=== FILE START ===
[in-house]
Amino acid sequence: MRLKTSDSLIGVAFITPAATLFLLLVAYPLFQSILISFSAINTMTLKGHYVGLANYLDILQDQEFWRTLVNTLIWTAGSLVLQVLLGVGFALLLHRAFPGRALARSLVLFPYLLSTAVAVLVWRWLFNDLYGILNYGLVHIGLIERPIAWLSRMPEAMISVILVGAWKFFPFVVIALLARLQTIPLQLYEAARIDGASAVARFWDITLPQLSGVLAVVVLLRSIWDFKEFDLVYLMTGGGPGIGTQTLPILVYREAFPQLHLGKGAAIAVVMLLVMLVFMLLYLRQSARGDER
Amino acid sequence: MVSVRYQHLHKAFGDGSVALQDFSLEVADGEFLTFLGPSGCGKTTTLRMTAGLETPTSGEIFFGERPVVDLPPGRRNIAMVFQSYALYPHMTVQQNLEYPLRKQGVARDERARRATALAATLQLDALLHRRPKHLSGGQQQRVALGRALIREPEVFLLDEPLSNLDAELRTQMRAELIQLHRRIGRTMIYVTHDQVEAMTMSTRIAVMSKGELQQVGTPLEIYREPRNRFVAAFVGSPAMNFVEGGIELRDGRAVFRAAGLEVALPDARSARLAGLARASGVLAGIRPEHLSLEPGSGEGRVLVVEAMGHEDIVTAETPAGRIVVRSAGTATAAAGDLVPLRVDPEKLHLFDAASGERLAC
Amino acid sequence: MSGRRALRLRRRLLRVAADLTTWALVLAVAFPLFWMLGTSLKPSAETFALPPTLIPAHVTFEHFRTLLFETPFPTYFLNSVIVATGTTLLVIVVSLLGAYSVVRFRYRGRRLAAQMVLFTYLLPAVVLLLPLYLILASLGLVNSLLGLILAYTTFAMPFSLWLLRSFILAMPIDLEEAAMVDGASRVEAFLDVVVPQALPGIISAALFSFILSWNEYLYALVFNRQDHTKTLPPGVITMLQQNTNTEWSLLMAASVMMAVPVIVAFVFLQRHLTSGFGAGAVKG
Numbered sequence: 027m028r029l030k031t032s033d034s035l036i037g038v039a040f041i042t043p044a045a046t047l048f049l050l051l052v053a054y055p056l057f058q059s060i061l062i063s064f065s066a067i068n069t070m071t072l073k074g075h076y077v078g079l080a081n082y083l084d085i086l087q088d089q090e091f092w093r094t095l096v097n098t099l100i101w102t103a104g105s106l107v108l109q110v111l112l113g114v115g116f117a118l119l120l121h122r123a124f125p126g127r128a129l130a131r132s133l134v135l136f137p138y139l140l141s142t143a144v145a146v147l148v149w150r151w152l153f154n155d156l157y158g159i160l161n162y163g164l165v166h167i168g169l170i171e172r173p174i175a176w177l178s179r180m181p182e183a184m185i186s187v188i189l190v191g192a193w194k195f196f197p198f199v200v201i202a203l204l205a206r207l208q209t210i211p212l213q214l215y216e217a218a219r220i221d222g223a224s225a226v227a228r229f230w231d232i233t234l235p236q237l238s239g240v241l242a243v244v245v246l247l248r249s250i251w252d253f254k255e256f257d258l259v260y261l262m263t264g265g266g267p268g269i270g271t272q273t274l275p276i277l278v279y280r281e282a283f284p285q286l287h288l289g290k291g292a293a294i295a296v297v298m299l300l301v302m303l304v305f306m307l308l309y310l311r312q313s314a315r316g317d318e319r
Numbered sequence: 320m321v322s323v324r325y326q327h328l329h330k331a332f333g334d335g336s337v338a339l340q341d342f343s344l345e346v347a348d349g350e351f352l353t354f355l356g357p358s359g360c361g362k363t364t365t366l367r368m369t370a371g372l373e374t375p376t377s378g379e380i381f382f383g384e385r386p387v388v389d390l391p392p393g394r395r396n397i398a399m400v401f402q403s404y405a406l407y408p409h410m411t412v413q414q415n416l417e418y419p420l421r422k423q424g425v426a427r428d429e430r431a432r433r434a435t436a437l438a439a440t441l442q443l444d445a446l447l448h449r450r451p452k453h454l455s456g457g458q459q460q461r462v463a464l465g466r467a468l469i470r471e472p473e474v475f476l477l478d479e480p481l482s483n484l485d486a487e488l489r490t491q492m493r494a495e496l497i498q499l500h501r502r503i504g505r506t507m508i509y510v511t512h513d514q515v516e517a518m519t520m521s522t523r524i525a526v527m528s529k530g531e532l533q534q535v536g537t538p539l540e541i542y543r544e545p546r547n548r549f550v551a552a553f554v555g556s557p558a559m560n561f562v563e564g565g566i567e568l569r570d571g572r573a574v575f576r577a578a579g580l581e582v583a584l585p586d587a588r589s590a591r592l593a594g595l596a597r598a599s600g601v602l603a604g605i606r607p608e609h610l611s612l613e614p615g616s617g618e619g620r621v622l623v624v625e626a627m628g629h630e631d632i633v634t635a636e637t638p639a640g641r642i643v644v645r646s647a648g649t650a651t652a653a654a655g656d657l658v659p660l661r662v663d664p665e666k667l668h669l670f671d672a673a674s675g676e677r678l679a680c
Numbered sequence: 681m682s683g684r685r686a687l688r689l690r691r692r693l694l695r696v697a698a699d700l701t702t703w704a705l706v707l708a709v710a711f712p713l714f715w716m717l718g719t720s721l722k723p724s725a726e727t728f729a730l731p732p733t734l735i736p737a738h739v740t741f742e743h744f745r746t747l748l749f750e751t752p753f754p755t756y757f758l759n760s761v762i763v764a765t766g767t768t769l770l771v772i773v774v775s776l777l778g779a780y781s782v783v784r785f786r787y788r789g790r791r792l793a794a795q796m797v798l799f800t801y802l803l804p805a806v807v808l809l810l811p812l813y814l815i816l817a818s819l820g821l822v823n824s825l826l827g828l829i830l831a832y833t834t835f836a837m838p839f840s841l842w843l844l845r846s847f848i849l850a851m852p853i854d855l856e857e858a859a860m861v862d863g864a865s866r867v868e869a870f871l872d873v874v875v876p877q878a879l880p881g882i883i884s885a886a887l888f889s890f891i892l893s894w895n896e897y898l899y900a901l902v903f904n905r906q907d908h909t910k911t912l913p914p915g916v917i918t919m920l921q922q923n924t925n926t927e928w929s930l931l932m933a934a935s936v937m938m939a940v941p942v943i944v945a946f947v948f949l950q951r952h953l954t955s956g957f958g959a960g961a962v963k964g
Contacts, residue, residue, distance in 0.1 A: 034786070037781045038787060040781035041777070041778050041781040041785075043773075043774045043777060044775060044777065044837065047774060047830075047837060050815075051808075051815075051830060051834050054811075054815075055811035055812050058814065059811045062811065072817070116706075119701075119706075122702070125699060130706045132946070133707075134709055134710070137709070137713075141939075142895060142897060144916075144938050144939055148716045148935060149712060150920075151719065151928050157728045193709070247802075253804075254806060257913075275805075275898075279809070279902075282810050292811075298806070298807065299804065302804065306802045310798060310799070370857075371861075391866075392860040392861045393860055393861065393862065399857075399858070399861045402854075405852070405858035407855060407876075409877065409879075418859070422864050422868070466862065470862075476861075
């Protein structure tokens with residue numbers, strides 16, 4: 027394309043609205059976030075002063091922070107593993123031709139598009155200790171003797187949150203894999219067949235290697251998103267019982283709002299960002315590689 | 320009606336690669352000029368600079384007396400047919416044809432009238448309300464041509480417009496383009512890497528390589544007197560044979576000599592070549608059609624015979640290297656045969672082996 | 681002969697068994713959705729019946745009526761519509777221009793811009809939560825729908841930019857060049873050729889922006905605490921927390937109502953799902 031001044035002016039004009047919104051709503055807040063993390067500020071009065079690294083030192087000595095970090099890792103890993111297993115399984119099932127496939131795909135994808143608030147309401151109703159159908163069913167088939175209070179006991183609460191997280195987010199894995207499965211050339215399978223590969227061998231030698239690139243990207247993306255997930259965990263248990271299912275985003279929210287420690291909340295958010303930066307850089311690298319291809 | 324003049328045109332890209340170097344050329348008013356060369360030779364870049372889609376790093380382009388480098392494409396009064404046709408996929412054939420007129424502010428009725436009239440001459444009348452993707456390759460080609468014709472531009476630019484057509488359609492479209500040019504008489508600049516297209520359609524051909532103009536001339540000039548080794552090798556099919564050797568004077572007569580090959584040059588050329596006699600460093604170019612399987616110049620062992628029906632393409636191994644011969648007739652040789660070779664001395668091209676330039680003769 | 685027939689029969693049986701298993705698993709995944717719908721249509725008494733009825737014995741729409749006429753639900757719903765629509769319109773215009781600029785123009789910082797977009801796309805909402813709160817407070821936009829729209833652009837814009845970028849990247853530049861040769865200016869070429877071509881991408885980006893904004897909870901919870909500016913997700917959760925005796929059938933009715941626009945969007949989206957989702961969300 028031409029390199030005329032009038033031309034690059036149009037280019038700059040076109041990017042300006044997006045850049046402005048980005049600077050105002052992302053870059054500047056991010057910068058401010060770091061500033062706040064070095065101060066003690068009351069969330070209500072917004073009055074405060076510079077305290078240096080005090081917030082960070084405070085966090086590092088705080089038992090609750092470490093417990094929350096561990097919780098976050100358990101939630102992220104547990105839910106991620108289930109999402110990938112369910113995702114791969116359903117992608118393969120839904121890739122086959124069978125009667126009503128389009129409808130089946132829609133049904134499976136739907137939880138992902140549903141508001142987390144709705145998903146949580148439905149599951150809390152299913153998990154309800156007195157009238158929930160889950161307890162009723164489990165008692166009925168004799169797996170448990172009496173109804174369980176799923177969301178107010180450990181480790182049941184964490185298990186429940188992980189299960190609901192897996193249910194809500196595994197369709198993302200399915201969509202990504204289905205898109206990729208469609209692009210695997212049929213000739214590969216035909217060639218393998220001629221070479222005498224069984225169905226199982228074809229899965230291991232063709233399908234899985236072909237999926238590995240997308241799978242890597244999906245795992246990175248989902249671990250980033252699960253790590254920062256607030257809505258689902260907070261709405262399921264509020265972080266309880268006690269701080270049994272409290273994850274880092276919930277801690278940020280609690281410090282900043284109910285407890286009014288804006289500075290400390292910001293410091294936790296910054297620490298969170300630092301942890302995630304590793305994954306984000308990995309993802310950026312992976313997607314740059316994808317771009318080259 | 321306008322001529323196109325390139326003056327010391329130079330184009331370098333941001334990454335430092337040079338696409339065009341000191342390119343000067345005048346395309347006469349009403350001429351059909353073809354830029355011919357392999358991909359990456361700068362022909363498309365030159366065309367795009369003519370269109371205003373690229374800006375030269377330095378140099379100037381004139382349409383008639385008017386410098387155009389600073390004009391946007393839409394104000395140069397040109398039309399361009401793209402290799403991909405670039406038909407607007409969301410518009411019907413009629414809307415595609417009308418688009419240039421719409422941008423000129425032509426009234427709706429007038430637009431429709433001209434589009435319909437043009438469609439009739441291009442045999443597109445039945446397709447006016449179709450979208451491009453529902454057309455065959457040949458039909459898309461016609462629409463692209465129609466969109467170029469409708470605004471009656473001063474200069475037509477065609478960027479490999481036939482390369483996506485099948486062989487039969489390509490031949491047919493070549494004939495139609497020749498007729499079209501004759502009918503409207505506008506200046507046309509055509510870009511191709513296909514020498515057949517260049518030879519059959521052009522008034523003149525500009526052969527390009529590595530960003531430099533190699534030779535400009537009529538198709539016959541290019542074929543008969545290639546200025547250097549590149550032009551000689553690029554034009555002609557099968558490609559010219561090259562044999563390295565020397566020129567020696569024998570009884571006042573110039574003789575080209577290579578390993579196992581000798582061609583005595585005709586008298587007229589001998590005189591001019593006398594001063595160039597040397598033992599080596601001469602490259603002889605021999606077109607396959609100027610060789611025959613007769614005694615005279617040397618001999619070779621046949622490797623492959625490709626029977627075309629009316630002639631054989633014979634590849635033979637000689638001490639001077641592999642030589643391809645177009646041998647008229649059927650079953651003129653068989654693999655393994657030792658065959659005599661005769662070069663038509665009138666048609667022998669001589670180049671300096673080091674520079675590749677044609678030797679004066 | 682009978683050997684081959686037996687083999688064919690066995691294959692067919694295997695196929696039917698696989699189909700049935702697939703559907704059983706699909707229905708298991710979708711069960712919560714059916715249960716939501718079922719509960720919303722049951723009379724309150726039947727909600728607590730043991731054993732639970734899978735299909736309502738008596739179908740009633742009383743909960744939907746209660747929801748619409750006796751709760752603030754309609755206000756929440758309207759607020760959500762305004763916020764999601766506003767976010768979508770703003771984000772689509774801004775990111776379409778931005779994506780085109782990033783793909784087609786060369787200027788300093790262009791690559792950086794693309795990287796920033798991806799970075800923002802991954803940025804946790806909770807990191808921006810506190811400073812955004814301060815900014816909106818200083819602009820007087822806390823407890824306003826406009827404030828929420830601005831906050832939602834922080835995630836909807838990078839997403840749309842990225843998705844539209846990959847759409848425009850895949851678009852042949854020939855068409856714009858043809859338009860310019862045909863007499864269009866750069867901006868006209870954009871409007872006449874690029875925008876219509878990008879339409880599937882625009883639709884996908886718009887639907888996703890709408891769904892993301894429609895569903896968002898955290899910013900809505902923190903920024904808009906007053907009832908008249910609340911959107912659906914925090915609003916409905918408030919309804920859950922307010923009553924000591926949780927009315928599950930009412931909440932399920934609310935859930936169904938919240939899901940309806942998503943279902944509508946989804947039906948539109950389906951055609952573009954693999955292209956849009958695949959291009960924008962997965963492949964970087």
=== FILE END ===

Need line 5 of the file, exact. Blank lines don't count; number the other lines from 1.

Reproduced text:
Numbered sequence: 027m028r029l030k031t032s033d034s035l036i037g038v039a040f041i042t043p044a045a046t047l048f049l050l051l052v053a054y055p056l057f058q059s060i061l062i063s064f065s066a067i068n069t070m071t072l073k074g075h076y077v078g079l080a081n082y083l084d085i086l087q088d089q090e091f092w093r094t095l096v097n098t099l100i101w102t103a104g105s106l107v108l109q110v111l112l113g114v115g116f117a118l119l120l121h122r123a124f125p126g127r128a129l130a131r132s133l134v135l136f137p138y139l140l141s142t143a144v145a146v147l148v149w150r151w152l153f154n155d156l157y158g159i160l161n162y163g164l165v166h167i168g169l170i171e172r173p174i175a176w177l178s179r180m181p182e183a184m185i186s187v188i189l190v191g192a193w194k195f196f197p198f199v200v201i202a203l204l205a206r207l208q209t210i211p212l213q214l215y216e217a218a219r220i221d222g223a224s225a226v227a228r229f230w231d232i233t234l235p236q237l238s239g240v241l242a243v244v245v246l247l248r249s250i251w252d253f254k255e256f257d258l259v260y261l262m263t264g265g266g267p268g269i270g271t272q273t274l275p276i277l278v279y280r281e282a283f284p285q286l287h288l289g290k291g292a293a294i295a296v297v298m299l300l301v302m303l304v305f306m307l308l309y310l311r312q313s314a315r316g317d318e319r